A few days ago, I was reading an article in ESPN Magazine (I started getting a subscription to it a while back after I signed up to play fantasy baseball at ESPN.com) by Vivian Chum that talked about what you would need to do to get a job as an NFL coach (you can read the article online if you’re a subscriber). After reading the article and letting it ruminate in my mind for a while, I began to realize that the article actually had pretty good advice for any “dream job” a person might have. In fact, I used most of the advice in the article on my own path to becoming a full-time writer (a “dream job” for me that seemed totally unrealistic five years ago).
The ESPN article had six tips, but while thinking about them and remixing them a bit, I stretched them into seven distinct steps. Here they are, along with my own application of them while moving from office work to a stay-at-home writer and dad.
1. Work for free.
Internships. Taking on projects without pay. Volunteer work. What do these all have in common? They’re great ways to gain experience in competitive fields, but you’re trading pay for a deeper level of experience than you might get otherwise. Almost every field under the sun has some avenue to build experience through internships and volunteerism, from coaching and computer programming to office work and trades. Such situations allow you to gain incredibly valuable experience, the kind of experience that will launch you into real work in that field.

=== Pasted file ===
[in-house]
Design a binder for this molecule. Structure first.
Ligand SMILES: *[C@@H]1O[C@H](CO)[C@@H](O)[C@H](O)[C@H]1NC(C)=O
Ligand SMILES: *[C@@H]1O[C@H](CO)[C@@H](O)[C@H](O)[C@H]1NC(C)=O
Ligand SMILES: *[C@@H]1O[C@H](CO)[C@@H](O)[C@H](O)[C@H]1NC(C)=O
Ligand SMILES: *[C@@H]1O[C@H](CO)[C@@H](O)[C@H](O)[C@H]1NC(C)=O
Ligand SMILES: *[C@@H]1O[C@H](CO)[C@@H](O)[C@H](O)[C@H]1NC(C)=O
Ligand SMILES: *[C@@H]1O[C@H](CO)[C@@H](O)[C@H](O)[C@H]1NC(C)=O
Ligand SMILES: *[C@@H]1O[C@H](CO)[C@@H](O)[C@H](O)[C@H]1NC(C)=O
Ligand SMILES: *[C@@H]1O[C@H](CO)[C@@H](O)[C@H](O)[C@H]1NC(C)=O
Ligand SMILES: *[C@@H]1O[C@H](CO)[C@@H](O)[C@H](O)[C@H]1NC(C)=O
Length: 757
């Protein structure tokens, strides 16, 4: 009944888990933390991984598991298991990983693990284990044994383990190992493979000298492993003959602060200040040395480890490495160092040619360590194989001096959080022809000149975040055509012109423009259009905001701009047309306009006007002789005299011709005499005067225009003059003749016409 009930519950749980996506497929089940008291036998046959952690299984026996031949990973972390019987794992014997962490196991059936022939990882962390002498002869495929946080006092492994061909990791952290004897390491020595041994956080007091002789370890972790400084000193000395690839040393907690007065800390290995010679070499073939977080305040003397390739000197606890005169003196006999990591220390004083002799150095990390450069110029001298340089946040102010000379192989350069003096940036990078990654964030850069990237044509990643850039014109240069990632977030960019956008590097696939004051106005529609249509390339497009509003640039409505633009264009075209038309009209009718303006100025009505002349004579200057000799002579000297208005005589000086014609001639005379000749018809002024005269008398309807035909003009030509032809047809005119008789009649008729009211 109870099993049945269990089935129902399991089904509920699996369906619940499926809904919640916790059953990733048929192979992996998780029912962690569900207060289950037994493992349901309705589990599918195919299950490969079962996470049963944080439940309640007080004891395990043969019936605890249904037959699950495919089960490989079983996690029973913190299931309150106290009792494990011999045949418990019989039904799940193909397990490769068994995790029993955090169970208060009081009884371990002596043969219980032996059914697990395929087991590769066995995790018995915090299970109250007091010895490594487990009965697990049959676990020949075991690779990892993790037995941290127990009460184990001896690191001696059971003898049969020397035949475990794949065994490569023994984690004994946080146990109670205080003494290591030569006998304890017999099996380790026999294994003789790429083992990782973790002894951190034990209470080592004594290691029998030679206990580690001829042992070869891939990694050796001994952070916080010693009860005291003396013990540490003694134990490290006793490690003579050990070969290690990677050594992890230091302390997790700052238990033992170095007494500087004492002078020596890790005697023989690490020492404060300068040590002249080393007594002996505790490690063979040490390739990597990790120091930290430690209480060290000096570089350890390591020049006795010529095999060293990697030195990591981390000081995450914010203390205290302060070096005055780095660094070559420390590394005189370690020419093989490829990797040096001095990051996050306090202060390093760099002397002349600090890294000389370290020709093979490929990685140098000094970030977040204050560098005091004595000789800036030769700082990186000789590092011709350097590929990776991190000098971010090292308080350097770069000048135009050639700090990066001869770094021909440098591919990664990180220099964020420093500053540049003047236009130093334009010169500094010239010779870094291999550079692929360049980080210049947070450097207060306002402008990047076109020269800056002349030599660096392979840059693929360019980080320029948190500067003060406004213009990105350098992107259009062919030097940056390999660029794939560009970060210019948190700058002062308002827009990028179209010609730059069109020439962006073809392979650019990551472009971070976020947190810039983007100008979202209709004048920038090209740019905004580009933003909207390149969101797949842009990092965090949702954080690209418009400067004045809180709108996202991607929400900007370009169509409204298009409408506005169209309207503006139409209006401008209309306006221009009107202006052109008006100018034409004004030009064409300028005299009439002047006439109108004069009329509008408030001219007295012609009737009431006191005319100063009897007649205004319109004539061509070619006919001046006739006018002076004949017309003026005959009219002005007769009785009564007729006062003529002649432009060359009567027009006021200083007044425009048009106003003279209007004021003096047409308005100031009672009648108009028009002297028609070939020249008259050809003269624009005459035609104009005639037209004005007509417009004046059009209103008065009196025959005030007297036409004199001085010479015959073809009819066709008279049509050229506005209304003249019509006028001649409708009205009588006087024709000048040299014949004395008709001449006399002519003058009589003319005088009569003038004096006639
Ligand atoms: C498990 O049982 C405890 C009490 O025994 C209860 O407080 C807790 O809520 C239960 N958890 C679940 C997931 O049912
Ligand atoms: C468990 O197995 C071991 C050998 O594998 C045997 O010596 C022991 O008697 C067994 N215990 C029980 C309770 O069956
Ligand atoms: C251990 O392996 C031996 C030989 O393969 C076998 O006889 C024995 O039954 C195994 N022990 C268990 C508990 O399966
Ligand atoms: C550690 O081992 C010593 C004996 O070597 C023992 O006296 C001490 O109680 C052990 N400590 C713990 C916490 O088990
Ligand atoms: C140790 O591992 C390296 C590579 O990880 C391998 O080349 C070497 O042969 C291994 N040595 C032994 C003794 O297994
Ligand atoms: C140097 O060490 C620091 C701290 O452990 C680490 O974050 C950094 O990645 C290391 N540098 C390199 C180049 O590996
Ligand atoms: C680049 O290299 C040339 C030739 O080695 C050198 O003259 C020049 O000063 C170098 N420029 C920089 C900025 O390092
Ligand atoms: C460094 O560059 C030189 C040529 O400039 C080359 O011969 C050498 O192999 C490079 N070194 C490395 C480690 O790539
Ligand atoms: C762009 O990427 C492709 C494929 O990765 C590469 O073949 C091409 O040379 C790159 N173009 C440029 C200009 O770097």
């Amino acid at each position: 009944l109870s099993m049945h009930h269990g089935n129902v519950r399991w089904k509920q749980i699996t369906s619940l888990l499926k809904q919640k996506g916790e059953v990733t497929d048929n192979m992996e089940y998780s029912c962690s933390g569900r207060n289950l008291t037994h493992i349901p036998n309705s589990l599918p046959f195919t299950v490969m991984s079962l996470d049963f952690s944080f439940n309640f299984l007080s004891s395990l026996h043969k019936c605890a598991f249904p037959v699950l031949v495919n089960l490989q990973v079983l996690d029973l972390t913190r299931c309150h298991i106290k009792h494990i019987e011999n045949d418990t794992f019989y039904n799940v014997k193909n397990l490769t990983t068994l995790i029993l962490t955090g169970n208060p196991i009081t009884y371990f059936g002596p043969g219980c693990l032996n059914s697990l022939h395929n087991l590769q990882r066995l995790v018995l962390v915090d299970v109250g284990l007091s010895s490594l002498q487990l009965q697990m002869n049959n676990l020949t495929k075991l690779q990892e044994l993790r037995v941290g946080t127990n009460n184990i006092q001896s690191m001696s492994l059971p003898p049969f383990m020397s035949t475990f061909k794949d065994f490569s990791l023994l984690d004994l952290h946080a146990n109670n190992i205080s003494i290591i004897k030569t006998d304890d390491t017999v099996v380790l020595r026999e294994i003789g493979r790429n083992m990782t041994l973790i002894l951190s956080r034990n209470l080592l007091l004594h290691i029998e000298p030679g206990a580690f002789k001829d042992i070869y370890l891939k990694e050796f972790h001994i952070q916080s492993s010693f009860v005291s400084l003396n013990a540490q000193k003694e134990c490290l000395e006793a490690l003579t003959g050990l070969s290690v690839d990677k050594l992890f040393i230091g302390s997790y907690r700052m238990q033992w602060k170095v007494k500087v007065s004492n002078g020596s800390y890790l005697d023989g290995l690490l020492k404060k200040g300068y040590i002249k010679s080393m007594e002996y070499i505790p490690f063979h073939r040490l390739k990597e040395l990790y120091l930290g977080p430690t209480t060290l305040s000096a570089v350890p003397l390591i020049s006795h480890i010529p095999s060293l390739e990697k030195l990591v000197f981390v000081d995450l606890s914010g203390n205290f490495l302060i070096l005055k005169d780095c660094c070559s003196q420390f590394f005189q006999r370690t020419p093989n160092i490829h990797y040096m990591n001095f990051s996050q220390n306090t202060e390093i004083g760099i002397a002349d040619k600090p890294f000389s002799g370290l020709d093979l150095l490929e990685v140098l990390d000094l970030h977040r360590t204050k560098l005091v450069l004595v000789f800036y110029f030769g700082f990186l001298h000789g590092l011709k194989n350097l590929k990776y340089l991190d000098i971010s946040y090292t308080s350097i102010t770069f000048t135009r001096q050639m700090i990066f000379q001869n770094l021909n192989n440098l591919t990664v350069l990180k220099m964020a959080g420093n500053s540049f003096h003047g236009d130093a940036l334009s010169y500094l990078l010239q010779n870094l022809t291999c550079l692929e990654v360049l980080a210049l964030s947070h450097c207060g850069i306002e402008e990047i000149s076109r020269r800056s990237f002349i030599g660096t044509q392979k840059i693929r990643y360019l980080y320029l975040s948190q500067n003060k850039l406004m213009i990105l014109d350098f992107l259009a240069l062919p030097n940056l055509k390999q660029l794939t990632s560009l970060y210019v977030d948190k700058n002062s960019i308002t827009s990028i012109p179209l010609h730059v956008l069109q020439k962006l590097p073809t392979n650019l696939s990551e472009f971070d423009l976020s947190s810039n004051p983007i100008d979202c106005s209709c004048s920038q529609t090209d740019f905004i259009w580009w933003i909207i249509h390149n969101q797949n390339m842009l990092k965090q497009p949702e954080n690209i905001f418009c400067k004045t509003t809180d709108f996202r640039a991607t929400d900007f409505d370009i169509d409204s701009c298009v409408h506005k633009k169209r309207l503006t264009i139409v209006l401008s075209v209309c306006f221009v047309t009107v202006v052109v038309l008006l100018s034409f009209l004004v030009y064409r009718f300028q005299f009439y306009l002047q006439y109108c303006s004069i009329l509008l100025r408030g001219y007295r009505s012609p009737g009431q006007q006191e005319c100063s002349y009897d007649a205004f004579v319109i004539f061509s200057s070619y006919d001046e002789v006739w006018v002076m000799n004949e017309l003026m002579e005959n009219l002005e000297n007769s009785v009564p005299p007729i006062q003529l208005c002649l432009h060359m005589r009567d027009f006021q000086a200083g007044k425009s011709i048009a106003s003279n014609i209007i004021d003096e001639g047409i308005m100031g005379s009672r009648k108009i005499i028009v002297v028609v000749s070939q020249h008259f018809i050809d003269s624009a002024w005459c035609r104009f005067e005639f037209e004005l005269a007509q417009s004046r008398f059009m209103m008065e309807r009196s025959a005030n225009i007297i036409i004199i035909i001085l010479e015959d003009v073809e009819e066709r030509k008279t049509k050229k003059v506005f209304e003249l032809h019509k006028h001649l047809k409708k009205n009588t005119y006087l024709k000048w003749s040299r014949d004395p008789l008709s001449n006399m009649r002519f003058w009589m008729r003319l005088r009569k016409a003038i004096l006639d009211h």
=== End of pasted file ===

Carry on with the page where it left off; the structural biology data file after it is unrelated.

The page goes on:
Of course, you’ll need to put food on the table while doing this, so I usually suggest working at another job first and saving every possible dime so you can live off of your savings while doing the internship or volunteer job.
As a writer, “working for free” largely meant blogging, especially at first when I didn’t have many readers. I spent a lot of time writing articles for The Simple Dollar (and for earlier blogs of mine, including a parenting blog) and not earning anything from them aside for perhaps enough pocket change to buy a cup of coffee. I kept plugging away. What happened? I became a better writer. I learned what my audience wanted to read. And, gradually, readers started coming.
2. Have some unusual resume elements.